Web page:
This is where collaboration across departments, among staff and faculty members, is critical. De-centralize alumni engagement efforts from your Office of Alumni Relations by empowering your academic departments to invite alums back for career workshops, alumni panels, in-class discussions, etc. Ask young alumni not for money, but for a little bit of their time to share their experiences with students who are just trying to understand that next step after graduation. Let the staff and faculty who have the strongest relationships with an alum be the ones to invite them to speak to a group of students about finding their first job. The alum will likely be more responsive to this request if they have a relationship with the person reaching out. For example, one of my favorite professors at the University of Michigan invited me to share what I’ve learned about side hustles and work/life balance with her senior capstone class at the Ross School of Business. If the University of Michigan Career Services team had extended a similar invite, I probably would’ve said no. Because I had a strong relationship with the person extending the invitation, and because I had an affinity with the group I’d be speaking to, it was an easy yes. Oh, and when the University called me a week later to request a donation (coincidental timing, I think not), you better believe I donated.
- Ask them if they need help
Ask them if they need help in finding a job. One University of Chicago alumna suggested that she’d be more likely to donate if her alma mater shifted their focus from soliciting donations to helping students and alumni find jobs. For young alumni that are struggling to find work or a better job, offer them a network of seasoned alumni who can help them get on the right track. Ask them how their first job is going. Ask them if they need any support in making a job or career change. Ask them if they need help meeting people in their new city. Ask them if there are any skills they could use help developing. Ask them pretty much anything else before you ask, “Are you ready to give back to the school that gave you so much?” Give them the help they need and then ask them to lend that same hand back to current students who are trying to figure it all out. Remember: lead by offering value, not by requesting it. If you do it right, the goodwill you foster will get you the results – financial and otherwise – that you’re after.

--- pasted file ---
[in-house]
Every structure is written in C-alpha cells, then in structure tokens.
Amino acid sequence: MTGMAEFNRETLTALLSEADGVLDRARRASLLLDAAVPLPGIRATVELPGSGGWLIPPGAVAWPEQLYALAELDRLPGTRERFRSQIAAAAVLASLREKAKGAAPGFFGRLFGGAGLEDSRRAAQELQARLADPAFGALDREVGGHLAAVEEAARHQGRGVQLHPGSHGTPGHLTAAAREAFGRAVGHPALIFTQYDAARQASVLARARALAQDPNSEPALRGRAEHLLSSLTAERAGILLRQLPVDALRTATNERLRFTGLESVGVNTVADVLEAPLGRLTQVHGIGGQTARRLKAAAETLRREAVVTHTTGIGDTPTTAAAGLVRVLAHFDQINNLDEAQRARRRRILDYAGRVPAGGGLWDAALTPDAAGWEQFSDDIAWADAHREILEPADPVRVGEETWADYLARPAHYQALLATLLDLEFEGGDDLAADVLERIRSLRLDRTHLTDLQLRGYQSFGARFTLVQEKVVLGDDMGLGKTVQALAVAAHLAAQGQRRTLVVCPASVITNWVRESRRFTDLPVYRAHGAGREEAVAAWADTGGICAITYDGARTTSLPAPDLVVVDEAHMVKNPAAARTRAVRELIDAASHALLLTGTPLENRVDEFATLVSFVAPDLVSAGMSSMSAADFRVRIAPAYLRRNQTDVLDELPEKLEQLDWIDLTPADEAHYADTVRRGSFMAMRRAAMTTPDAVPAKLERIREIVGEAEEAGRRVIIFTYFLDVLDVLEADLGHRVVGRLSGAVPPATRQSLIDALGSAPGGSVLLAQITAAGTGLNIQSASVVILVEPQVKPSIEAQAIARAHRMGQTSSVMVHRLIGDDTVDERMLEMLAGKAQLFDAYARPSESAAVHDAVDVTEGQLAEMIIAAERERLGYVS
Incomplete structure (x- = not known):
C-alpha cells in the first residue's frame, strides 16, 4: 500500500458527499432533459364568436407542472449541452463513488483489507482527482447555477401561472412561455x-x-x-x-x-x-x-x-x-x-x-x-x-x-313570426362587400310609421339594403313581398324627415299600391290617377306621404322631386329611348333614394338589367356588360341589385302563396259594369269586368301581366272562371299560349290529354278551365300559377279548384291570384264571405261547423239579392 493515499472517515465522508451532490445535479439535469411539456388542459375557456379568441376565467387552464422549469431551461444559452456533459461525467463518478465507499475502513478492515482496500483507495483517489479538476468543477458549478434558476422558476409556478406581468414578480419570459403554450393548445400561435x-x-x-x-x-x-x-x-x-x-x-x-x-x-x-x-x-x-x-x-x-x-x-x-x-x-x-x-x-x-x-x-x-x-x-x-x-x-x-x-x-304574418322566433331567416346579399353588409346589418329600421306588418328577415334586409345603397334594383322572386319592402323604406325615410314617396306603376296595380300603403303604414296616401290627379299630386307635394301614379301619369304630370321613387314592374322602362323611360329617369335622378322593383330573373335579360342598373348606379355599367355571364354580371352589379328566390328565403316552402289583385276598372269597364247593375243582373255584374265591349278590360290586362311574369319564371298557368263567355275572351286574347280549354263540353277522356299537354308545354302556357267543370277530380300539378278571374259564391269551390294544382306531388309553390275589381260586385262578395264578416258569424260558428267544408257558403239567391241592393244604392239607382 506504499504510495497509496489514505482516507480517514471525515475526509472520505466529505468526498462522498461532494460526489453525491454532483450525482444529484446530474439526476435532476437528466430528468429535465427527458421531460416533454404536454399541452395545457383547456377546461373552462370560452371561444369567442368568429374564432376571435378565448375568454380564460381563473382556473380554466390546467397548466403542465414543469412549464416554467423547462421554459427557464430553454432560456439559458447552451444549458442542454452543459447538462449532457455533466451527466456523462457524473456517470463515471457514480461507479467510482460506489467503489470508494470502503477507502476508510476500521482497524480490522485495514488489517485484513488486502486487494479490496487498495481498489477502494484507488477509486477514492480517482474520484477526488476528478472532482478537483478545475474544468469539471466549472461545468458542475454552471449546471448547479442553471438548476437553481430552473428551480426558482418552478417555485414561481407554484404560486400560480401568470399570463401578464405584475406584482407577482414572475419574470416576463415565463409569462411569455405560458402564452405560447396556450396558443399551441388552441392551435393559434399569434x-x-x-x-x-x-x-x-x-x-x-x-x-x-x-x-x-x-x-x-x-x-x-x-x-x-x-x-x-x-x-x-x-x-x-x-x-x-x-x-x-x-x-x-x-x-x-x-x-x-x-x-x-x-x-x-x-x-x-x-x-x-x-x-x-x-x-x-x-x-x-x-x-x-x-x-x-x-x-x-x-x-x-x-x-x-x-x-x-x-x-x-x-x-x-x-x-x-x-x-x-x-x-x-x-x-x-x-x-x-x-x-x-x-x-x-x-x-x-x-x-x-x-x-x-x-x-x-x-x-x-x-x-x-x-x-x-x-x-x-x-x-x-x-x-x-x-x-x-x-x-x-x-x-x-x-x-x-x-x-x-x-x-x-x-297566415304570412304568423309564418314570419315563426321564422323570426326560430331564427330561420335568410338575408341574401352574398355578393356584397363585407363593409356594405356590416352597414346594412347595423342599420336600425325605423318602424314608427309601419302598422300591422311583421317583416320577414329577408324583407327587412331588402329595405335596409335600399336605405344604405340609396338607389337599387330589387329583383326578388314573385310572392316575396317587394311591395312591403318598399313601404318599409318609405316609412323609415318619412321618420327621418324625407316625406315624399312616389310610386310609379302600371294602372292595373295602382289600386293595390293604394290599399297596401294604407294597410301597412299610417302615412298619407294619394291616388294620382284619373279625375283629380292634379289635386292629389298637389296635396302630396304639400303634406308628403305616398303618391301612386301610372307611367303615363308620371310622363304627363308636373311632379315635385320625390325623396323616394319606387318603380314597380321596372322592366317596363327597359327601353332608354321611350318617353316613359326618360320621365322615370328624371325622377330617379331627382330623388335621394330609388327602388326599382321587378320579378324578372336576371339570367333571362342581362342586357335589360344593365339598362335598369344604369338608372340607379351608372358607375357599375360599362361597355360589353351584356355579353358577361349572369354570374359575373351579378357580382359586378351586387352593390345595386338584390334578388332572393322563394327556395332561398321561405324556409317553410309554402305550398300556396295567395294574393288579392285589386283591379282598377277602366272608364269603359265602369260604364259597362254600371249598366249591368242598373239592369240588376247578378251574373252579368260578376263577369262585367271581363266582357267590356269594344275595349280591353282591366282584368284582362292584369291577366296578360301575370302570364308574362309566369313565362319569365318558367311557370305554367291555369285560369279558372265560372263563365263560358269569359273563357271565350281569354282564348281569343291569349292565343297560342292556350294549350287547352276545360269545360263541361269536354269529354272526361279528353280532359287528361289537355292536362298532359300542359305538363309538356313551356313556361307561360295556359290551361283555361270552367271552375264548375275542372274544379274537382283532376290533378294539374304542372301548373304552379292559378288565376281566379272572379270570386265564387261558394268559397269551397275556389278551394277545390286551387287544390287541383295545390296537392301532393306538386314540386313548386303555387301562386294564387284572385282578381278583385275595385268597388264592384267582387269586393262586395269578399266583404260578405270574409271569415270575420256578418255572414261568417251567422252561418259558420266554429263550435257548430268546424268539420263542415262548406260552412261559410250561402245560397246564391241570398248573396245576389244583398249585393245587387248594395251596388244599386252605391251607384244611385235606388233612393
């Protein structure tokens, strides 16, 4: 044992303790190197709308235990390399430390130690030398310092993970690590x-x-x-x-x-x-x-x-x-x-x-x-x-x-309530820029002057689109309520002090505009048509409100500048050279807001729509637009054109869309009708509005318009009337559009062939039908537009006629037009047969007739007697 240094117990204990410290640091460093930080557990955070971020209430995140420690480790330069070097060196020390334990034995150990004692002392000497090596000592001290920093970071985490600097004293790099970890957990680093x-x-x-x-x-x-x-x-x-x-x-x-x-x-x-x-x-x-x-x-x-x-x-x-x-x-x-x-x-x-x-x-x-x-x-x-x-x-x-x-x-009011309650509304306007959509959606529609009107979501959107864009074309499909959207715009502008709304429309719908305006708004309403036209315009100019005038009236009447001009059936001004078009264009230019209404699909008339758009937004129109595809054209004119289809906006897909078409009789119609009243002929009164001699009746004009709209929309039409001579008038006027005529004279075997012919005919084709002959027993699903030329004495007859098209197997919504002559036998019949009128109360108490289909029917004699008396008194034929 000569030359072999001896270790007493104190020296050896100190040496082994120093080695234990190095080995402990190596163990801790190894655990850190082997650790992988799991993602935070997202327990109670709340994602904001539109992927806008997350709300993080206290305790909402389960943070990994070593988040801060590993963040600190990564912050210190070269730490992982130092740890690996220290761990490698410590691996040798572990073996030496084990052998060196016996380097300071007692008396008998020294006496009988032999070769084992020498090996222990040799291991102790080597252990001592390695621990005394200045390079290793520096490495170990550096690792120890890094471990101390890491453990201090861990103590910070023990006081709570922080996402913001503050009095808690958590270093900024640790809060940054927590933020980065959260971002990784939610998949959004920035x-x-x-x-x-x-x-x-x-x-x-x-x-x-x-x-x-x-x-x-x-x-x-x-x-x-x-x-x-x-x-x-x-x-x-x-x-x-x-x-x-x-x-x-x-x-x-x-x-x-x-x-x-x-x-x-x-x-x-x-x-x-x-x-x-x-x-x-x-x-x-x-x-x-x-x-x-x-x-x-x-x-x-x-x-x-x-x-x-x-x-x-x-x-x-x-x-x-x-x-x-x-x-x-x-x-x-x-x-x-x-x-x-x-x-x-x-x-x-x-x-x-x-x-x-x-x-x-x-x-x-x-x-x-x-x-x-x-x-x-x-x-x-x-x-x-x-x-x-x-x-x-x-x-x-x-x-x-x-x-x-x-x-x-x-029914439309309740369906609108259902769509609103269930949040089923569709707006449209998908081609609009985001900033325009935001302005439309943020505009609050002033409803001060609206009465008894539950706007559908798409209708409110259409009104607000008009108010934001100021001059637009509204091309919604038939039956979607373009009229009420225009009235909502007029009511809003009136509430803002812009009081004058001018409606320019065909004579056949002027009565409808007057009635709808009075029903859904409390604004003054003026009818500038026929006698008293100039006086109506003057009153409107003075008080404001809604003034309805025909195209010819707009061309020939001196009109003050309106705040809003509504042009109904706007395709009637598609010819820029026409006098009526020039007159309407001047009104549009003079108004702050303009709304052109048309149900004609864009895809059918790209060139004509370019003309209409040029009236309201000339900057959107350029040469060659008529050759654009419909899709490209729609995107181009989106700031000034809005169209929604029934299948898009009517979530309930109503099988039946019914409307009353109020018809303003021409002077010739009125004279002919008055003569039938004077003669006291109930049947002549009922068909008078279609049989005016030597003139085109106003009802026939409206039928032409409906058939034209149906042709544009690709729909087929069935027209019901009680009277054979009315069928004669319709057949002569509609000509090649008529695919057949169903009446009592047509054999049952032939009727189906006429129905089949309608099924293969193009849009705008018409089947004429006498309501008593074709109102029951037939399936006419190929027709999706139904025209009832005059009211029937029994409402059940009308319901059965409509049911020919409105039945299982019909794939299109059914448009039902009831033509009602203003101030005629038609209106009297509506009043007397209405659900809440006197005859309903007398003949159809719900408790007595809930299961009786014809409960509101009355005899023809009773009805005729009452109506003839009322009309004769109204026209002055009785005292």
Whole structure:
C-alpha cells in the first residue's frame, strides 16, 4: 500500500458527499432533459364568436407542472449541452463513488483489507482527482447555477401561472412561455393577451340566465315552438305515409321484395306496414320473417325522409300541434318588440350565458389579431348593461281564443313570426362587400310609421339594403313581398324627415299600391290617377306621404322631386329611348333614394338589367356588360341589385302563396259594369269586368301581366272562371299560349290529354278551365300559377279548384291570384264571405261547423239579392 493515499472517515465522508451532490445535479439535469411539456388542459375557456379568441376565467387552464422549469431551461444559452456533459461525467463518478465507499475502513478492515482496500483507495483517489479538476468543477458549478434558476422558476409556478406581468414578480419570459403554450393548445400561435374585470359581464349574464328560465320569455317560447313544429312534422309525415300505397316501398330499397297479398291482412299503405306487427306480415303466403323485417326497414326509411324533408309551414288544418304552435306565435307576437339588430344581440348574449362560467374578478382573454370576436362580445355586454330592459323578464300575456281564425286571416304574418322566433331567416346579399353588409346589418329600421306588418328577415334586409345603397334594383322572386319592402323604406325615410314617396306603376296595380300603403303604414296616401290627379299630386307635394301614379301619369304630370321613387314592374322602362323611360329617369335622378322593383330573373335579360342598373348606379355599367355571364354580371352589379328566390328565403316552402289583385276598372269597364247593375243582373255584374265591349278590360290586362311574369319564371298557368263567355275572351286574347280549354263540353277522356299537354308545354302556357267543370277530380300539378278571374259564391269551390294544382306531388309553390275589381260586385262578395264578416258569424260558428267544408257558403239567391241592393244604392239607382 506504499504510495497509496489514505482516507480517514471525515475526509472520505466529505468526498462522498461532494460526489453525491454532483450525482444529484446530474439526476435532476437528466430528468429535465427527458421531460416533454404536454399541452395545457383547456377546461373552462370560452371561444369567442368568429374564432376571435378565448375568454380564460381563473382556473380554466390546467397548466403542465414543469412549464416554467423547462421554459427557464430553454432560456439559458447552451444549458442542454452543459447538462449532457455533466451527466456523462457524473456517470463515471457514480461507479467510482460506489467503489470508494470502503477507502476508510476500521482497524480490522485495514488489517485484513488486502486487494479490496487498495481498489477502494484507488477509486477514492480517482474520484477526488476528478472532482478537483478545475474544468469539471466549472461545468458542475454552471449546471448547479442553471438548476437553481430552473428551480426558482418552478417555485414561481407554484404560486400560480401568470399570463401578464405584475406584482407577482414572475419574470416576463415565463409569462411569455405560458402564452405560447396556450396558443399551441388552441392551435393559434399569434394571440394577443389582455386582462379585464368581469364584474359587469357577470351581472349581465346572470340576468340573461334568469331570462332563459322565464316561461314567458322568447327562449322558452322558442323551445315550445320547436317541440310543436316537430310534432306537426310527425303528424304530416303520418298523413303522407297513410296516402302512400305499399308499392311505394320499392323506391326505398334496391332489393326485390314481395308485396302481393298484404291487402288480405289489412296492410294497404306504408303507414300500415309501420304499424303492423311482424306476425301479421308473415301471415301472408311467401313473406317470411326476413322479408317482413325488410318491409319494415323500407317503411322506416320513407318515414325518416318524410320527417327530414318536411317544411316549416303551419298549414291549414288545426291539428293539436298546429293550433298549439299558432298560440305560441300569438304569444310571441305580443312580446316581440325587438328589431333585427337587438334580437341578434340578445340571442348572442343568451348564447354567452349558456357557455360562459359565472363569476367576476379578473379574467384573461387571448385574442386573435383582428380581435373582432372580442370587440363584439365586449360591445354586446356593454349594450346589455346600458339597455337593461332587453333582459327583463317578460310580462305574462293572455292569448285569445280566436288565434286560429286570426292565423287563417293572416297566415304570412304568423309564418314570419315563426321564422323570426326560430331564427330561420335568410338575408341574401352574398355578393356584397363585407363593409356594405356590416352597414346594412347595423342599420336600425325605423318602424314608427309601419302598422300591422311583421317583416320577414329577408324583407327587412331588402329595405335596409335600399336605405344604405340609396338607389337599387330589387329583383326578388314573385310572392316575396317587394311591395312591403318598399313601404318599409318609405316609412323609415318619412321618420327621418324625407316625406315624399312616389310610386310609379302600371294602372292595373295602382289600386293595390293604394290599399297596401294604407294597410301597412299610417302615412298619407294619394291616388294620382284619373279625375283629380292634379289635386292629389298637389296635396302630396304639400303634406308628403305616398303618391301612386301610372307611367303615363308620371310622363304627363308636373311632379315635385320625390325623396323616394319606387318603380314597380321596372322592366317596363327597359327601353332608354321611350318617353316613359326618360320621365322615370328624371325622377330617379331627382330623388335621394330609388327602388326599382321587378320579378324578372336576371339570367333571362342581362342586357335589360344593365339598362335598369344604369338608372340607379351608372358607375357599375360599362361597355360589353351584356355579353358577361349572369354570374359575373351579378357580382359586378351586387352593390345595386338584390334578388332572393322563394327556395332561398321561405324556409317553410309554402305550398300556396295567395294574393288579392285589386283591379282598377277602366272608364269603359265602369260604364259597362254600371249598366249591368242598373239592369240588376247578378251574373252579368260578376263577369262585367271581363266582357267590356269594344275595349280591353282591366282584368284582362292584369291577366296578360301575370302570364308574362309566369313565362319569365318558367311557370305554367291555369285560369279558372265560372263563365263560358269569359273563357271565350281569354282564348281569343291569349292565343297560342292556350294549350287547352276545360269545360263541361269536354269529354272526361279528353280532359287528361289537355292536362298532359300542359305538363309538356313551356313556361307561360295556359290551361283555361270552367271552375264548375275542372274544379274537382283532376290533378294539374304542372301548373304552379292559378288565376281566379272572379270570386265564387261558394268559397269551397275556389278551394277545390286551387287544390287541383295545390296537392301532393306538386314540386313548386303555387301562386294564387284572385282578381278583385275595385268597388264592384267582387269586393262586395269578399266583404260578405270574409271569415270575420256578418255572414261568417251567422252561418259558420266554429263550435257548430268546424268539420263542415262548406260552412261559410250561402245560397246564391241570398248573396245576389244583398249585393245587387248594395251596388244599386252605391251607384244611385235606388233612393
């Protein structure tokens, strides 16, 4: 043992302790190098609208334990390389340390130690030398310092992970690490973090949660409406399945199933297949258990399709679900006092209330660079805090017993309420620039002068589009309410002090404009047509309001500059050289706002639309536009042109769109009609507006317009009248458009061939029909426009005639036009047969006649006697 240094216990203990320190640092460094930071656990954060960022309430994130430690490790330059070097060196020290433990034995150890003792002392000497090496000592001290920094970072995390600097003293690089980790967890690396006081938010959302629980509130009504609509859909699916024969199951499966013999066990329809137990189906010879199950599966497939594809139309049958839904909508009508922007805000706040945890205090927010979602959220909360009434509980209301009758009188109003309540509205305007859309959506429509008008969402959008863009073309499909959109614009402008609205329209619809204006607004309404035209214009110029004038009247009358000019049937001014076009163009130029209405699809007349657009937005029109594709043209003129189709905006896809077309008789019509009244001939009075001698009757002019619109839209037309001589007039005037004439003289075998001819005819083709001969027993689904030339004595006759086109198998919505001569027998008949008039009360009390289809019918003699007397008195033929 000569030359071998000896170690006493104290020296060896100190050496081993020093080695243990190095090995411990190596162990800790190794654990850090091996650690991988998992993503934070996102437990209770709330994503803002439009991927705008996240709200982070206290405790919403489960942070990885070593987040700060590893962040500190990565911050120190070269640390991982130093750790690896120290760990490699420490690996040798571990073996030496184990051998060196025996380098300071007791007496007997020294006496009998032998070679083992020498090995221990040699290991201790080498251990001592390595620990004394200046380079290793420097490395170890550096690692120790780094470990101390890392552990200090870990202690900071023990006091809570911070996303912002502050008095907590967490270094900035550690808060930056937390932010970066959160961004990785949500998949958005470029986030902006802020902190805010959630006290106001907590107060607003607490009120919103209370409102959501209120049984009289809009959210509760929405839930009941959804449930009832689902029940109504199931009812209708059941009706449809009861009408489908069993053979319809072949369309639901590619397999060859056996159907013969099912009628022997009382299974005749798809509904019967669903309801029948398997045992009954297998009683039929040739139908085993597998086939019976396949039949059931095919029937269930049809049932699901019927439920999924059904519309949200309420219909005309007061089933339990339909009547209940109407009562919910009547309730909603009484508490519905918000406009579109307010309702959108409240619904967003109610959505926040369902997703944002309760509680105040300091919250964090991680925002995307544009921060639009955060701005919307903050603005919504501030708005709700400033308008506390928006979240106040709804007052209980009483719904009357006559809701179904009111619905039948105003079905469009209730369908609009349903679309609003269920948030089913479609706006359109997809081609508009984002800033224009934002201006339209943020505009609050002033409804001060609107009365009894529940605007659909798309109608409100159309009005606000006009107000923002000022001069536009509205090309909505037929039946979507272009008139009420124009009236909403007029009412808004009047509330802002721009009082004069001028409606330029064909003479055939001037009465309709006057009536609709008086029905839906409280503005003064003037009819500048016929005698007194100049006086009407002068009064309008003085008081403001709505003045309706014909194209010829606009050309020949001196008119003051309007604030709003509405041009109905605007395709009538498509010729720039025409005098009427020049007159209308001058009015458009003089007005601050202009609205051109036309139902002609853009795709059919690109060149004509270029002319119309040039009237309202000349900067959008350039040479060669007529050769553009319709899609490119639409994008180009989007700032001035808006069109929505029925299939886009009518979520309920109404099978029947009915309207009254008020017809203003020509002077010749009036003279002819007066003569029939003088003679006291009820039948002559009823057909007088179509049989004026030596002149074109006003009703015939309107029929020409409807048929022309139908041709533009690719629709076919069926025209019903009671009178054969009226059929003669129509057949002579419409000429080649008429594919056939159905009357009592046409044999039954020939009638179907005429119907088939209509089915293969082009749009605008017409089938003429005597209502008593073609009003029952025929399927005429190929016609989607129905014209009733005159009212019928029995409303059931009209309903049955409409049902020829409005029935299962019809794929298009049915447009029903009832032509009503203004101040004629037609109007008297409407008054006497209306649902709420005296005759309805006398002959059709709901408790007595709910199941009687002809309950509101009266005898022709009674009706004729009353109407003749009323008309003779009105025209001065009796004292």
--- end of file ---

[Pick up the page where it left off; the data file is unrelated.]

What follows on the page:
Young alumni want to feel like they’re getting something extra out of both the time and financial investment they’ve made at your school. Free events and open bars at alumni weekends are great, but they can be transactional and won’t garner the sort of affinity that leads to long-lasting and, ultimately, philanthropic relationships with your school.
Building a tight community of alumni with strong affinity doesn’t require an army of alumni relations professionals directing, connecting, and facilitating interactions. With the right tools, your Alumni Relations team can sit back and relax while Advancement reaps the invaluable engagement and affinity data to help them prioritize pipelines and fill prospect pools.
By investing in the non-monetary engagement of young alumni, you add value to the overall alumni community and increase the ROI in the long run. Having a warmer, more engaged young alumni population will lead to more of this group converting to donors, and at higher levels.